Written by Eric Olds Thursday, 10 August 2017 00:00
This was my fourth time racing the long course at Carrabasset, although it was only around 50 miles the first year in 2011. Back then I said I would do it every year, but life or injury has gotten in the way every other year so I’ve just made it to the start line in the odd numbered years. In 2015 I finished the 100k in a time of 6 hours 19 minutes, which was good enough for 3rd place overall in Sport. I had planned to enter in the Expert category this year but they did away with the EFTA categories in favor of open age classes anyway. Either way, with the chance of a podium finish gone I set a goal to finish in 6 hours or less instead.
Just three days out the weather looked good for race day; a few showers the day before but sunny and low seventies on race day itself. Perfect! But, Friday evening, after our pre-ride of the trails near the Sugarloaf Outdoor Center, the skies opened up. It poured rain during the night and rained some more throughout the morning. So, course conditions ended up being very different from what I’ve raced on in previous additions. There has always been some muddy sections, but not like this!
Without the category waves, the mass start was a bit more congested than in the past. But, it only took a couple of miles before I was able to work myself into a position where I could ride my own pace. After that I was going back and forth with pretty much the same handful of riders for the rest of the race. The built trails at the Outdoor Center were in good shape despite the rain. The real fun began when we hit the first snowmobile trail descent over on the mountain.
After a long road climb through the Sugarloaf condos we got the first taste of the rough, muddy snow mobile trail descents. Enough riders had gone before me that these open trails were pretty churned up. The mud was so thick and deep in some of the dips that it would bring you to stop in the middle of what should have been a fast descent. On one descent, my front end got loose in the deep mud and I ended up on my back in a ditch. Luckily it was a nice, soft muddy ditch! Trails like these were the defining characteristic of the 100K race, but there was also plenty of fun single track and fast pedaling sections mixed in there as well.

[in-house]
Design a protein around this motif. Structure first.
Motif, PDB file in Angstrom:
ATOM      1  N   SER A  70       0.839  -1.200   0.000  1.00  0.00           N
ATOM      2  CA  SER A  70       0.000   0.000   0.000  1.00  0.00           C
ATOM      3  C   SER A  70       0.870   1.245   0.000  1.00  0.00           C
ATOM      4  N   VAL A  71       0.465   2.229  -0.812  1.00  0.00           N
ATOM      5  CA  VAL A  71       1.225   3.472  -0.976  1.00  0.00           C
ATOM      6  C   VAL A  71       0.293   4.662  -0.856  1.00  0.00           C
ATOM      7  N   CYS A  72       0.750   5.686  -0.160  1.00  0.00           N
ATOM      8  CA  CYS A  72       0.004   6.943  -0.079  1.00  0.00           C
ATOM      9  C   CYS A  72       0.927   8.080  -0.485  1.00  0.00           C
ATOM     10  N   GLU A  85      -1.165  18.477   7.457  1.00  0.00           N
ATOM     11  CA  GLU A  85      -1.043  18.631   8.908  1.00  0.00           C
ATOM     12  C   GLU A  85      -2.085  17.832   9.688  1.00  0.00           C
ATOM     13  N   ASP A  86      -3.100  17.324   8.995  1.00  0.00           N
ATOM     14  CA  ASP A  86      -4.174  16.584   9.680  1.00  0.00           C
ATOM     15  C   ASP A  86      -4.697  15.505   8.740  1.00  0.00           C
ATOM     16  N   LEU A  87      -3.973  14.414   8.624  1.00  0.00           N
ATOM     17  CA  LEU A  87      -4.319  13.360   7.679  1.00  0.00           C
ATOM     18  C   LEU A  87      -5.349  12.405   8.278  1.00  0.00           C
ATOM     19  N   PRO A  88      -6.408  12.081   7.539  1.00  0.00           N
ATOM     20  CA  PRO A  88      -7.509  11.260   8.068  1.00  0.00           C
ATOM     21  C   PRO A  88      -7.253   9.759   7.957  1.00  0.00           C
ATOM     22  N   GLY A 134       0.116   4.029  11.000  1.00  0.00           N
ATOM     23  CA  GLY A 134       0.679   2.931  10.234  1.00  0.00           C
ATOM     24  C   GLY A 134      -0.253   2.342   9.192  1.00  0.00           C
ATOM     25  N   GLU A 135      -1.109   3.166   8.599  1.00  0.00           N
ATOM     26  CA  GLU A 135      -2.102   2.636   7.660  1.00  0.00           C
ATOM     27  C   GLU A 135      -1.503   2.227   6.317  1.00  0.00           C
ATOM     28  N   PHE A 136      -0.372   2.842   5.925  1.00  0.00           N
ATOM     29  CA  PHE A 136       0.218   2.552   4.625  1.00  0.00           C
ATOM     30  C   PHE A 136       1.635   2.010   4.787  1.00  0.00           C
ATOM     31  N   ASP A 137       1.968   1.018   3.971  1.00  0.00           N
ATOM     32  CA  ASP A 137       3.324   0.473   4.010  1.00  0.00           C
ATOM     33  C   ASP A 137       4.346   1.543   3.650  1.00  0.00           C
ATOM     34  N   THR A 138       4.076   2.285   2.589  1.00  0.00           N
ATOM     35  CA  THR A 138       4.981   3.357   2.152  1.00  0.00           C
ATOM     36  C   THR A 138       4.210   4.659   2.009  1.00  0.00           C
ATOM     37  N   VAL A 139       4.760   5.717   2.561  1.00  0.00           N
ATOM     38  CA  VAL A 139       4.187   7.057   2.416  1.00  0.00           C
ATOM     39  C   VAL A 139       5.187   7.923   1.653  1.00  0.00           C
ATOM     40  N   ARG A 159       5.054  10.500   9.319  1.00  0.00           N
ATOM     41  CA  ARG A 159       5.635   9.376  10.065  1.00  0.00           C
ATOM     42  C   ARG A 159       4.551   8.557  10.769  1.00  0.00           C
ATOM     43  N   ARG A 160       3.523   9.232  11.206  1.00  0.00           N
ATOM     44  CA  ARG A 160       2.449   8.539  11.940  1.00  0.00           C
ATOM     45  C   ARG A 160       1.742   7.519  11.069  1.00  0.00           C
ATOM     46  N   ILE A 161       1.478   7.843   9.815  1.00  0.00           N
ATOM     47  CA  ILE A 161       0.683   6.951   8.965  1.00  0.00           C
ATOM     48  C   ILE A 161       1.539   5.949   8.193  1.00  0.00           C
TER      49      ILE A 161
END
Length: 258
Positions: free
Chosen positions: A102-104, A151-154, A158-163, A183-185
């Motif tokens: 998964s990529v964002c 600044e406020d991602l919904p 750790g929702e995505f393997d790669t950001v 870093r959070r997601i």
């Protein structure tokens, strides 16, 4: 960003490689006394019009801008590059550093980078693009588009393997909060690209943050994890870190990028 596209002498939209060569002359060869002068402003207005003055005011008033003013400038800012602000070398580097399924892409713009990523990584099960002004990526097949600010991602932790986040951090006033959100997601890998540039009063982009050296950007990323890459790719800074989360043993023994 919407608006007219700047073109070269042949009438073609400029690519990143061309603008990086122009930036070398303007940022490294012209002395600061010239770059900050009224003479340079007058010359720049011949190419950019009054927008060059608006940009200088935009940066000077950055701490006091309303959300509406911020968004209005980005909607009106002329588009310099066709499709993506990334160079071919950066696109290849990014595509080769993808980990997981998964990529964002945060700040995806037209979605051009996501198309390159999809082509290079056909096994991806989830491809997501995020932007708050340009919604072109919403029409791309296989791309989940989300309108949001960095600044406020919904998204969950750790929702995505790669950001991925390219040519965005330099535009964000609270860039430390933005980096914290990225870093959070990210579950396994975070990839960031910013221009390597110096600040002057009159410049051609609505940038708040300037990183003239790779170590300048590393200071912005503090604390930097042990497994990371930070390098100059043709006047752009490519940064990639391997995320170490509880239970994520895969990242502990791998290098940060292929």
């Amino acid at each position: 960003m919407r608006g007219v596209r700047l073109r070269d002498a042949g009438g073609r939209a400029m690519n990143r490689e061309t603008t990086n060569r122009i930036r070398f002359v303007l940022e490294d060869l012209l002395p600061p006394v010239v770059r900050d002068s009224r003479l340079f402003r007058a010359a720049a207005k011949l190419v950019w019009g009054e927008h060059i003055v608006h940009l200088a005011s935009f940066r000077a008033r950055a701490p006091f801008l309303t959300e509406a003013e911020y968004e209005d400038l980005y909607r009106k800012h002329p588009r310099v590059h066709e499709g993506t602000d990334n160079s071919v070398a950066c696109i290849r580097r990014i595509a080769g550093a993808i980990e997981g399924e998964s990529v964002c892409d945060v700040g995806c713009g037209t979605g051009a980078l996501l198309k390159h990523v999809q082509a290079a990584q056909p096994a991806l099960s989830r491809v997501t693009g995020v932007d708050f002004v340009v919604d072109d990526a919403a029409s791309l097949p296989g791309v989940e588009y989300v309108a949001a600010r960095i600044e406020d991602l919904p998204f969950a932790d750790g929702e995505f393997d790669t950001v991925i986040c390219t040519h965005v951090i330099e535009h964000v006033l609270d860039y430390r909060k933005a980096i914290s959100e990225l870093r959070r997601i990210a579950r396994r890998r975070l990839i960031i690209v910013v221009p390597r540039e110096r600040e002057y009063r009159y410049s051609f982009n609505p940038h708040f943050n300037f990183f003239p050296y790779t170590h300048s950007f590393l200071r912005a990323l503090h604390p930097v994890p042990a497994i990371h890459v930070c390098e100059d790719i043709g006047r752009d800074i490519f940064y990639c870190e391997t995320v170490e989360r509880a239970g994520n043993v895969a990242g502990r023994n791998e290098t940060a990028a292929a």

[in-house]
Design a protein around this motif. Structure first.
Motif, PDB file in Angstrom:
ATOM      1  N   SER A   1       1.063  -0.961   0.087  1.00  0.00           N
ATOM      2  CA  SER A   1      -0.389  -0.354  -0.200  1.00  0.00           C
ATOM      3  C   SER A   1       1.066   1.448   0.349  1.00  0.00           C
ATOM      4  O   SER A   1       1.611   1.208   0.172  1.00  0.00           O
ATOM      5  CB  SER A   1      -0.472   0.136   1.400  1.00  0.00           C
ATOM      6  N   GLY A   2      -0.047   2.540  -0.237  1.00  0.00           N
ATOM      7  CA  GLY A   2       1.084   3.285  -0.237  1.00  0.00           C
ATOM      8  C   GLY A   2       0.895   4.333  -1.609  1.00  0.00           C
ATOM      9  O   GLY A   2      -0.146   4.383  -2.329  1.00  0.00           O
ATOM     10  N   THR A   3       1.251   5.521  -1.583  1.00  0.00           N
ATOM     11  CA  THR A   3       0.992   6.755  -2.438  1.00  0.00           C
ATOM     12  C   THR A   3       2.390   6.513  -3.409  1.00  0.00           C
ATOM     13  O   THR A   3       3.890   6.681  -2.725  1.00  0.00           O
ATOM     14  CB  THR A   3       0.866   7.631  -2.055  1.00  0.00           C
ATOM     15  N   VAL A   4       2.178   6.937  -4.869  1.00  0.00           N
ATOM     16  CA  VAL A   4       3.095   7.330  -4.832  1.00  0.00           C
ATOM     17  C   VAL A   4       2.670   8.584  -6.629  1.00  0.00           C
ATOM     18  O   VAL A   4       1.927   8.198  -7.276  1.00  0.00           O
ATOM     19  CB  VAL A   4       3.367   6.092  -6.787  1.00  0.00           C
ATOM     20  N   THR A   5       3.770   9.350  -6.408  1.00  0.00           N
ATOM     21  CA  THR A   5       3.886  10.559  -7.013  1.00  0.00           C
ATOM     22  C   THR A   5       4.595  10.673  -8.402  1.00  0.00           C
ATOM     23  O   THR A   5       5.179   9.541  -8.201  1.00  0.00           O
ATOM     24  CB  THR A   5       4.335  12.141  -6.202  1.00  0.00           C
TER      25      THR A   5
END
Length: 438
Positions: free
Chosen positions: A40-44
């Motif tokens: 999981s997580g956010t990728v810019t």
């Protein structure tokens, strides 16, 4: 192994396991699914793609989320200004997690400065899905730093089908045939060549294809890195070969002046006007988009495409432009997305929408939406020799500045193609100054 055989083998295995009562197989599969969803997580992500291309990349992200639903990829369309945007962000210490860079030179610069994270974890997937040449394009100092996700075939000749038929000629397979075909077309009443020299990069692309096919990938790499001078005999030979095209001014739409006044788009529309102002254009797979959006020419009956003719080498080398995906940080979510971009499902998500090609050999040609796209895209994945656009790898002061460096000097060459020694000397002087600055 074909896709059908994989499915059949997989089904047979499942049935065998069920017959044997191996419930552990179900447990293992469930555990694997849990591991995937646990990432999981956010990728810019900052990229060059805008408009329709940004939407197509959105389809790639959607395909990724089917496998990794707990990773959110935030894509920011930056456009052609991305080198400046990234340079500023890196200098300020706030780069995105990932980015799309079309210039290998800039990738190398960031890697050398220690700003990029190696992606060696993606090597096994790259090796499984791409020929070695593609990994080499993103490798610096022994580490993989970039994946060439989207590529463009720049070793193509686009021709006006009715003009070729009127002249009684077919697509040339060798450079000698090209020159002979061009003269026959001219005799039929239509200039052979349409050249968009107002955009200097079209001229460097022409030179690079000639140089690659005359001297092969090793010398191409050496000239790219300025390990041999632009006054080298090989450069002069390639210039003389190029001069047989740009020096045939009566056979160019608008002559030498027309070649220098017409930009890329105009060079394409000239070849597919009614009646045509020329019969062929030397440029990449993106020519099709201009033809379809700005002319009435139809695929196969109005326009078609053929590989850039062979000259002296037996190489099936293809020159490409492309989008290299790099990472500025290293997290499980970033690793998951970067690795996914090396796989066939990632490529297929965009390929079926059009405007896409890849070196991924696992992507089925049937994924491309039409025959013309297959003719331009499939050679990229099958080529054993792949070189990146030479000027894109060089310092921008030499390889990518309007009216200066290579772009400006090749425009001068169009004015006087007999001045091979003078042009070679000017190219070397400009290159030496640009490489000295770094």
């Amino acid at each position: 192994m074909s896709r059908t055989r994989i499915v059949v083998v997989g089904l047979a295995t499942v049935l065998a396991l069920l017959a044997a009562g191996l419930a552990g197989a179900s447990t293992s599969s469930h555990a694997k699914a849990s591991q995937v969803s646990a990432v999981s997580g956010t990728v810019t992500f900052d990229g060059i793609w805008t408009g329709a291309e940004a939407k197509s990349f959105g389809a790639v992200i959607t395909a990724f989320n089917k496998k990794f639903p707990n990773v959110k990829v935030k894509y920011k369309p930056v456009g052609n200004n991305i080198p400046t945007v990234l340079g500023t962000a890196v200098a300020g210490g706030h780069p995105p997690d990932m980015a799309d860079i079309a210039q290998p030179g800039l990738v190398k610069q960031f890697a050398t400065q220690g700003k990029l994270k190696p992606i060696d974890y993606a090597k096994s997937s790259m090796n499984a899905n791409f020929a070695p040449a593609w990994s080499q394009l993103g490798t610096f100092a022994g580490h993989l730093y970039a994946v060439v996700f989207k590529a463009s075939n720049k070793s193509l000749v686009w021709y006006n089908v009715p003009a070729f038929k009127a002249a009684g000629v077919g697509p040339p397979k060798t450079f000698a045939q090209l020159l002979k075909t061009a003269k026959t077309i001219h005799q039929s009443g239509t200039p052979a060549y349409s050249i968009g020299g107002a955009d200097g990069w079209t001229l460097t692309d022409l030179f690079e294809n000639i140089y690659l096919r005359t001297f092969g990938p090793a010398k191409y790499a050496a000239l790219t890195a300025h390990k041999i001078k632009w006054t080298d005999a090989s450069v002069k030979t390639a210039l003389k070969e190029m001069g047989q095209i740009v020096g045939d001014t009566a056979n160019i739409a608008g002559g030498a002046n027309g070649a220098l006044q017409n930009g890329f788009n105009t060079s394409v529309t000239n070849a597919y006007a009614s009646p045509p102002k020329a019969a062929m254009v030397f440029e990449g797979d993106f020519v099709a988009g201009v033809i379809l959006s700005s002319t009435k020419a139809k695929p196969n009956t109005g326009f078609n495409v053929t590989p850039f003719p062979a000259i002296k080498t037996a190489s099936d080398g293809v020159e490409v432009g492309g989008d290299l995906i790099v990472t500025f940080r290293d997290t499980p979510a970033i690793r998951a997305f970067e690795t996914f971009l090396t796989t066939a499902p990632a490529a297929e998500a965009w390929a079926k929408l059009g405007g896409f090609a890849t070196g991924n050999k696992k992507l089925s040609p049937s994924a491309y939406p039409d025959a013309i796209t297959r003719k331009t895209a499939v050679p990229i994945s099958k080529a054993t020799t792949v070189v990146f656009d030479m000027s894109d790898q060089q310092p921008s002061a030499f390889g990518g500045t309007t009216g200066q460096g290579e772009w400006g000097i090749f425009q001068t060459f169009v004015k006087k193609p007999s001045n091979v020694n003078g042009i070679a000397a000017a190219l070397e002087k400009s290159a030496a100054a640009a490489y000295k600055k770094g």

One of my favorite sections of the 100K course is the Esker Trail that runs from Stratton Brook Pond east towards Birthday Hill; a narrow, rolling, fern lined single track on what appears to be an old road bed. After that it’s a bit of snowmobile trail to the Birthday Hill aid station where I stocked up for the final 18 mile push to the end. I always feel energized here knowing that the end is within striking distance. The out-and-back dirt road section isn’t so fun, but at least it gives you a chance to see what the gaps are in front and behind you. That motivated me to push harder and I was able to really gap away from a couple riders that had caught me at the aid station. But, I wasn’t able to catch anybody ahead of me before the finish.
I arrived at the final aid station with a full bottle so didn’t need to stop ahead of the last big climb up Cromit’s revenge to the top of Oak Knoll. It’s a miserable climb but made less so by the knowledge that your suffering will all be over soon. I managed to hold it together on the Oak Knoll descent without crashing this year, which was nice. Then across the river and up to the finish! Always a happy feeling!
The muddy conditions, along with more climbing pretty much put my six hour goal out of reach, but I still felt like I had a good race, finishing in 7 hours and 11 minutes in 15th out of 24 finishers in the open men’s 40 to 49 age group. I might have been able to shave a minute or two off with more efficient bottle stops, but everything else went perfectly and I kept on the gas the whole time. I think my Carver wheels made a difference for me on the long climbs, and they absorbed the punishing muddy rocks without problem.
The area itself had plenty to offer before and after the race too. Camping at the venue was convenient and ribs at the Rack barbeque restaurant were much appreciated afterwards. The Narrow Gauge rail trail was a nice recovery ride on Sunday morning before getting on the road for the rest of our vacation.
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